Smart Home technology is still a new frontier for most people, but we here at Newegg are here to help guide you through the process. Here’s a quick list of terms that you should know before you undertake transforming your house into the cyborg fortress of the future.
“Smart home” is a broad term that covers a wide range of internet-enabled control over your home appliances. In the past, this meant mechanical lamp timers and simple programmable thermostats, but this isn’t your dad’s sorta-smart home. This is your smart home and it harnesses the power of your home wireless network and your smart phone to give you control of everything from your music to your lights to your HVAC system.
Introduced in 2011, the Bluetooth LE protocol is similar to the Bluetooth we all know and love. However, it uses much less power while maintaining a similar range. You can use Bluetooth LE with your existing Bluetooth-enabled devices, like your phone or tablet.
A geofence is a virtual perimeter that corresponds to the real world. Using various wireless devices (usually your phone’s GPS), a geofence can trigger events based on your physical location. For instance, when you leave for work for the day, your geofence can turn off your lights and adjust your thermostat.
Home automation is a subcategory of smart home technology. It’s exactly what it sounds like: automation of a number of different home devices, including but not limited to window shades, home heating and cooling, and more.
HomeKit is a home automation protocol from computer giant Apple. It integrates directly with Siri and your other iOS devices.
This is the central brain of your home automation system, which connects all your devices together. Some hubs can act as connection points for multiple devices with different protocols, such as Z-wave, Wi-Fi, or Zigbee, and simplify communication between devices. Voice assistants such as the Amazon Alexa or Google Home can also act as a hub to a certain degree. A hub is not necessary to automate individual aspects of your home, but one becomes crucial for connecting multiple devices.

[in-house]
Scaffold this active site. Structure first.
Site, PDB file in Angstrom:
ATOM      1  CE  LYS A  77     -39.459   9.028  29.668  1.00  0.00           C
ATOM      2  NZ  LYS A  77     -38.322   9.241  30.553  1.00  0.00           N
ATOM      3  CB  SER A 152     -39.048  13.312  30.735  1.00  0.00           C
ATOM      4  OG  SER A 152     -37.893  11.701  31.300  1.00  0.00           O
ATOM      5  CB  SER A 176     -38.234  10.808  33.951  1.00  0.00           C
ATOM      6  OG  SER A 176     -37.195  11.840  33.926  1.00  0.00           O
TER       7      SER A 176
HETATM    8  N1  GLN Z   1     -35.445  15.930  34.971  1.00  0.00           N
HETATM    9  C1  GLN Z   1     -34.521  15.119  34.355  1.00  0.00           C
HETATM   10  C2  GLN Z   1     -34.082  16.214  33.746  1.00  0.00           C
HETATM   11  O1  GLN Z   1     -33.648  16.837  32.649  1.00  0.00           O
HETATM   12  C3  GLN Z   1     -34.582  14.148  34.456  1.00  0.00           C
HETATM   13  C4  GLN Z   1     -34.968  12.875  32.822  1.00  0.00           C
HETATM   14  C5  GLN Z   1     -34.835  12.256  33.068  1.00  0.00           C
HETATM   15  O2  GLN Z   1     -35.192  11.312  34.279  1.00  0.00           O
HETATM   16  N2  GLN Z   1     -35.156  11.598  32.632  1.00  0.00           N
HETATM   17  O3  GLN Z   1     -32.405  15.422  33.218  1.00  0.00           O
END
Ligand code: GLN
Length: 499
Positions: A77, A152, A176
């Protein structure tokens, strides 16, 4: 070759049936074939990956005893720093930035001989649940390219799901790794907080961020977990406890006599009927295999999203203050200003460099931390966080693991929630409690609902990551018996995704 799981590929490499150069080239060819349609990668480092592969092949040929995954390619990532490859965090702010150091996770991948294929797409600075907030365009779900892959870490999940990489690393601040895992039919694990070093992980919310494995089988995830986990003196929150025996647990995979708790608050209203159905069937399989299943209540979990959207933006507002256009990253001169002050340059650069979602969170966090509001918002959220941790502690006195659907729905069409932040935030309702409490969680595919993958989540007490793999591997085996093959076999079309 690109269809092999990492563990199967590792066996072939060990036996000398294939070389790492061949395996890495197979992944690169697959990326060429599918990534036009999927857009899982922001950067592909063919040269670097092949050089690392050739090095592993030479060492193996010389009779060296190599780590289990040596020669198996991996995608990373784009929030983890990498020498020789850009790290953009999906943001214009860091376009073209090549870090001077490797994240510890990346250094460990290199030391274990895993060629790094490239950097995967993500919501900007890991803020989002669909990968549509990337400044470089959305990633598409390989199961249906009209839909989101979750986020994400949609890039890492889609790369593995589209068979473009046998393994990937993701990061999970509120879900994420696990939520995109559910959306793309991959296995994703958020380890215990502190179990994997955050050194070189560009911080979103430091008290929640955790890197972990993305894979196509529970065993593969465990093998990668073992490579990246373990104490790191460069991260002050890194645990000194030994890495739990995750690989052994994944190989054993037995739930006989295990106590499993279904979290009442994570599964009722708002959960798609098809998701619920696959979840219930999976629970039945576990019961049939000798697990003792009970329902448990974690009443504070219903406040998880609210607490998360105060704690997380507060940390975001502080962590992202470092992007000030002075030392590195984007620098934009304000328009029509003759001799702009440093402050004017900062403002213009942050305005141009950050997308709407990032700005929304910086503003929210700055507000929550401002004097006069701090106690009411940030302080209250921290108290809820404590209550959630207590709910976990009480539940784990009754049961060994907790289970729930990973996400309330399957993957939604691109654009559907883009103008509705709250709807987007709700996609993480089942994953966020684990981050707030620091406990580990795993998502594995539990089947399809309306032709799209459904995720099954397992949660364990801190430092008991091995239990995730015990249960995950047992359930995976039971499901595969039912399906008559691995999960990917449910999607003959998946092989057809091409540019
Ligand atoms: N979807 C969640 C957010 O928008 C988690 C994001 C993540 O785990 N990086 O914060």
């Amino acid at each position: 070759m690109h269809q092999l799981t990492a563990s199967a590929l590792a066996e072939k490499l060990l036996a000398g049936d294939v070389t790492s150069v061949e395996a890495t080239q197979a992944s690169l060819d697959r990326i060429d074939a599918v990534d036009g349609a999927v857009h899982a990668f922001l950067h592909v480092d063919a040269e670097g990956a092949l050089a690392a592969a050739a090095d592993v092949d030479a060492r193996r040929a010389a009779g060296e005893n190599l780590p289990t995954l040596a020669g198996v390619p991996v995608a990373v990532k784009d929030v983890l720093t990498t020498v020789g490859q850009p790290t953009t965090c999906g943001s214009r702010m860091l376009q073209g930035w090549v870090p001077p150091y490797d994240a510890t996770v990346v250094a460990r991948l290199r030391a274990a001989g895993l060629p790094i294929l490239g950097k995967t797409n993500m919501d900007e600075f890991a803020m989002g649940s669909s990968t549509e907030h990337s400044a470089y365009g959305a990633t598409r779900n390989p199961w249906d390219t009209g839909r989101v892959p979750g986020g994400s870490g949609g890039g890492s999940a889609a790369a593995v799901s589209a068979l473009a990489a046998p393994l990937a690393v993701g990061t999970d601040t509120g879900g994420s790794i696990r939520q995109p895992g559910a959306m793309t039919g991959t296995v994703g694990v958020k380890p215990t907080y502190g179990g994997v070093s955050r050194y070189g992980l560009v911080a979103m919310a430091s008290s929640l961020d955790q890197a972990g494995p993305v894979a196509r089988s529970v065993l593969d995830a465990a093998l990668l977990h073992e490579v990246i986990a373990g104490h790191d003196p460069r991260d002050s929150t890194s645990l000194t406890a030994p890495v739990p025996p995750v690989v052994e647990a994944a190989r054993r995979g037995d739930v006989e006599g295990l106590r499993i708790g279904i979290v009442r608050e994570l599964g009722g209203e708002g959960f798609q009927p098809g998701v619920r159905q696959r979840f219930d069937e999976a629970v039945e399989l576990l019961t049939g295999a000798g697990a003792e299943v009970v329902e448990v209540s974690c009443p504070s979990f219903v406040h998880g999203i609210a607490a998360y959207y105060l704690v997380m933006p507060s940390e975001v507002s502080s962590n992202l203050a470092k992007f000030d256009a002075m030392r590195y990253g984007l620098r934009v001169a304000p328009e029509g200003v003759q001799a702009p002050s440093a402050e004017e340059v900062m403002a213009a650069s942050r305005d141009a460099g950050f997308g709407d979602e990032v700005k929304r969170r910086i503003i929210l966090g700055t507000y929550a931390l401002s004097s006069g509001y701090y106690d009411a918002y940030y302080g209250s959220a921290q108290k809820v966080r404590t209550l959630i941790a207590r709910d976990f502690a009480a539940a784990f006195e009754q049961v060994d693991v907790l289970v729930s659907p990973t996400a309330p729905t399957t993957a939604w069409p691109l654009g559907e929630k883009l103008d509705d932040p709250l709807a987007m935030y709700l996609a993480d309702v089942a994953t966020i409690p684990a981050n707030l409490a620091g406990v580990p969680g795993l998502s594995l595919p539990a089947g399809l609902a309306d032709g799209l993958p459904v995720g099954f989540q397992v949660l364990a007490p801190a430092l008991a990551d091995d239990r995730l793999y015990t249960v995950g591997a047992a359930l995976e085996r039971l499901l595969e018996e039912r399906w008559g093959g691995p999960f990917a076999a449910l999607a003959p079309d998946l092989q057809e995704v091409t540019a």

Hue is an automated lighting system from Philips.
Your heating, ventilation, and air conditioning control is typically referring to the thermostat. Automated thermostats learn your schedule and adapt to certain changes like the weather or scene commands. HVAC control can also include smart vents that open or close to allow targeted airflow to specific rooms in the house, or smart control units that connect to window air conditioners without central air.
Introduced in 2005, Insteon is a home automation protocol that can run wirelessly or over your home power lines, which lends it a high degree of reliability.
Interoperability is the ability for different home automation devices to work together.
Internet of Things (IoT)
This is a broad definition for the vast array of gizmos that connect to the internet and to each other. This includes your light bulbs, locks, smoke detectors, water heaters, thermostats, and more.
IFTTT is an acronym for “If This Then That”. IFTTT is a neat online application that allows you to create conditional commands that can interact with your home automation system. For example, (if) the temperature in your house drops below 68 degrees (this), (then) have your smart thermostat activate the heat (that). There’s even a list of commands for folks who are itching to get started.